According to the complaint, Gayle Taylor stayed in the hospital for five months, until late July. Though living at home and not on dialysis, she lost about 90 percent of her kidney function and sustained damage to other internal organs, the complaint states. Gockerman declined to be interviewed by The Cancer Letter.
In the fall of 1992, Thomas Taylor started to make inquiries into Medenica’s practices and background.
“When I began asking questions, I began with my senior law partner, who was chairman of the board of the hospital,” Taylor said to The Cancer Letter. “I was told that this issue is being looked at confidentially by the hospital, and that was all I could be told.
“I was also told that if I had in mind any action against the hospital, I would have to find another place to practice law.”
In September, Gayle Taylor hired Finger, a Hilton Head attorney, to represent her in the case, and in January 1993, her husband left Bethea, Jordan & Griffin and joined Finger in his practice.
Their first action was to request a settlement from Medenica and the hospital. After that overture was declined, the two filed a suit, Taylor said.
Bethea was out of the country, and a spokesperson for his firm declined to discuss the case with The Cancer Letter.
Over the years, John West has been Medenica’s most important supporter.â€¨
The two met in 1981, after the governor’s daughter-in-law, Sue West, was given a poor prognosis for her salivary gland cancer and sought treatment from Medenica, then practicing in Switzerland.
A year after Medenica started Sue West’s treatment, the Swiss arrested him on charges of defrauding the health insurance system of his native Yugoslavia. In 1983, a Yugoslav court convicted Medenica in absentia.
Meanwhile, from a Swiss jail, Medenica continued to direct the treatment of Sue West and other patients. Ultimately, a judge in Geneva agreed to free Medenica on bail, and in February 1984, after 16 months in prison, Medenica came to the U.S. (The Clinical Cancer Letter, February 1991).
In an interview with The Clinical Cancer Letter Medenica acknowledged billing irregularities in his Swiss practice. However, those irregularities were part of an arrangement between members of the Swiss Socialist Party and the Yugoslav officials, involving President Tito personally, he said.
The arrangement allowed high-placed patients to receive treatment without incurring ramifications for their political careers. With consent from Swiss socialists, the expenses of such patients were transferred to the bills of patients who had Yugoslavian government authorization, Medenica said. The billing irregularities came to light after Tito’s death in 1980 and concurrent changes in the Swiss government, Medenica said.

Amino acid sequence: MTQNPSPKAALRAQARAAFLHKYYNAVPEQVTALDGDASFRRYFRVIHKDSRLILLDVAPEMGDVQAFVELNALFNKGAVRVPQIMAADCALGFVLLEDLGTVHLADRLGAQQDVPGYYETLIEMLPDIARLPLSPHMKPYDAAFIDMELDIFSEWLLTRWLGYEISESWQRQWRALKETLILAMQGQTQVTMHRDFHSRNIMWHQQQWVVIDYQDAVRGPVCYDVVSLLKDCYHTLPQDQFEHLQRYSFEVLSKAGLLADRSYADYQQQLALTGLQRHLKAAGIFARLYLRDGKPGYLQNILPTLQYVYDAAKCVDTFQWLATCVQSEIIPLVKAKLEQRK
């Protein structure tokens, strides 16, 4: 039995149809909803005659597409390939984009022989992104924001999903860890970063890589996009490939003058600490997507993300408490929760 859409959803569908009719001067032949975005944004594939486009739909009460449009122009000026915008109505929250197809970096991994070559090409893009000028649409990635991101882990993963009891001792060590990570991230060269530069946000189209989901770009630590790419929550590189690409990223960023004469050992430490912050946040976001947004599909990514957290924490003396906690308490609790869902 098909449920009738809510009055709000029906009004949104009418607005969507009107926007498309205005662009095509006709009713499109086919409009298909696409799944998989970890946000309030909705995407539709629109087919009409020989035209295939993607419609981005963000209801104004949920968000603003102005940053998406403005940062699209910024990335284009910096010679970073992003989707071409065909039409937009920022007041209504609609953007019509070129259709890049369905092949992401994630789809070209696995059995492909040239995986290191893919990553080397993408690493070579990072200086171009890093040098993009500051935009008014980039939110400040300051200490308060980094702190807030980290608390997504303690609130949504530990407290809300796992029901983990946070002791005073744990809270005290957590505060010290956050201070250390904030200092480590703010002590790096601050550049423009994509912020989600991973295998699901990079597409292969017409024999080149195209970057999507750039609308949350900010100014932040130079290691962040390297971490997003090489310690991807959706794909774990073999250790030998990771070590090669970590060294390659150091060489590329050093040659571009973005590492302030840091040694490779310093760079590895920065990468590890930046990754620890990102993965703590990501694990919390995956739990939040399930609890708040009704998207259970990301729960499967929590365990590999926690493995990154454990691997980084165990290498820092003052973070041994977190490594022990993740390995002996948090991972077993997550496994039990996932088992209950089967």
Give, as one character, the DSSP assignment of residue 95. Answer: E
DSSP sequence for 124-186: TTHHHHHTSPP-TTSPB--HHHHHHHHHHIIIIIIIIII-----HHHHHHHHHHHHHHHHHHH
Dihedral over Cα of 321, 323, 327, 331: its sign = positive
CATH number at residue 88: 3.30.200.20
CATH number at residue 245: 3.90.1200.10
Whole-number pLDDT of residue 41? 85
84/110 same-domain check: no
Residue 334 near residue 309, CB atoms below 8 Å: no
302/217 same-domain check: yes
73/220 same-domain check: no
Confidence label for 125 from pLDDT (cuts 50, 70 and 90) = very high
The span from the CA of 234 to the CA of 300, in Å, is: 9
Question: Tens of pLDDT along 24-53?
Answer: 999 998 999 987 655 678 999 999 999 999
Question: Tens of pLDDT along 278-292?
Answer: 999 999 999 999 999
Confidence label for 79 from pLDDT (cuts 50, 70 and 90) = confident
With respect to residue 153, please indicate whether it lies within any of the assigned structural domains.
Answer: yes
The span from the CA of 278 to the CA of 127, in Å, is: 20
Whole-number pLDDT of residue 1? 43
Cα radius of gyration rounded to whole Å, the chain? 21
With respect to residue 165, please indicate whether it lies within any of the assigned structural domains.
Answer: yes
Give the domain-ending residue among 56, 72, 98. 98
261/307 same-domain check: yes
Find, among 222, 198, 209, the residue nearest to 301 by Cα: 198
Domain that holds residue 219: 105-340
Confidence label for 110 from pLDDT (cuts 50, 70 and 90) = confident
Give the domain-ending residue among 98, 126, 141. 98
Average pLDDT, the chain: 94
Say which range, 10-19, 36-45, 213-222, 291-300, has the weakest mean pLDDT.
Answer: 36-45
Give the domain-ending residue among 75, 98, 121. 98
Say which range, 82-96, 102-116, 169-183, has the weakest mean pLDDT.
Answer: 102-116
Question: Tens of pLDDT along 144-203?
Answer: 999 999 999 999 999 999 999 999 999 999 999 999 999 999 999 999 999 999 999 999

The Roswell Park Connection
Medenica’s first job in the U.S. was at Roswell Park. Gerald Murphy, who at the time was the center’s director, said to The Cancer Letter that Medenica was recommended to him by the late Frank Rauscher, former NCI director who at the time was vice president, research, of the American Cancer Society.
Roswell Park was in the midst of a crash program to develop interferon, and Medenica was one of the few people with first-hand knowledge of the European efforts to produce the agent, Murphy said.
Medenica’s consulting arrangement with Roswell Park began in 1982, before his arrest by the Swiss authorities, and ended in 1986, after he started a practice in Hilton Head, center officials said.
Recently, responding to a letter from Hilton Head Hospital, Jerome Yates, Roswell Park’s associate director for clinical affairs, wrote that Medenica’s appointment at the cancer center “was not associated with any clinical privileges or with participation in any formal training here.
“[Medenica’s] consultant status terminated in 1986, when Dr. Medenica failed to produce information on experiments he claimed to have done elsewhere,” Yates wrote in a letter dated Sept. 30, 1992. “Over the course of the years since that time, Dr. Medenica supported a portion of a technician’s time to conduct chemosensitivity studies on cancer specimens sent from South Carolina. This arrangement was terminated in early 1991.
“To the best of my knowledge, Dr. Medenica has never published any information in peer reviewed journals as a result of the collaborative investigations at the Institute, and a Medline search I conducted for the past ten years failed to yield any publications...
“...None of the present departmental leadership or other individuals queried who were present at the time of Dr. Medenica’s visits to Roswell Park are prepared to support his claim of extensive collaborative activities with investigators at the Institute.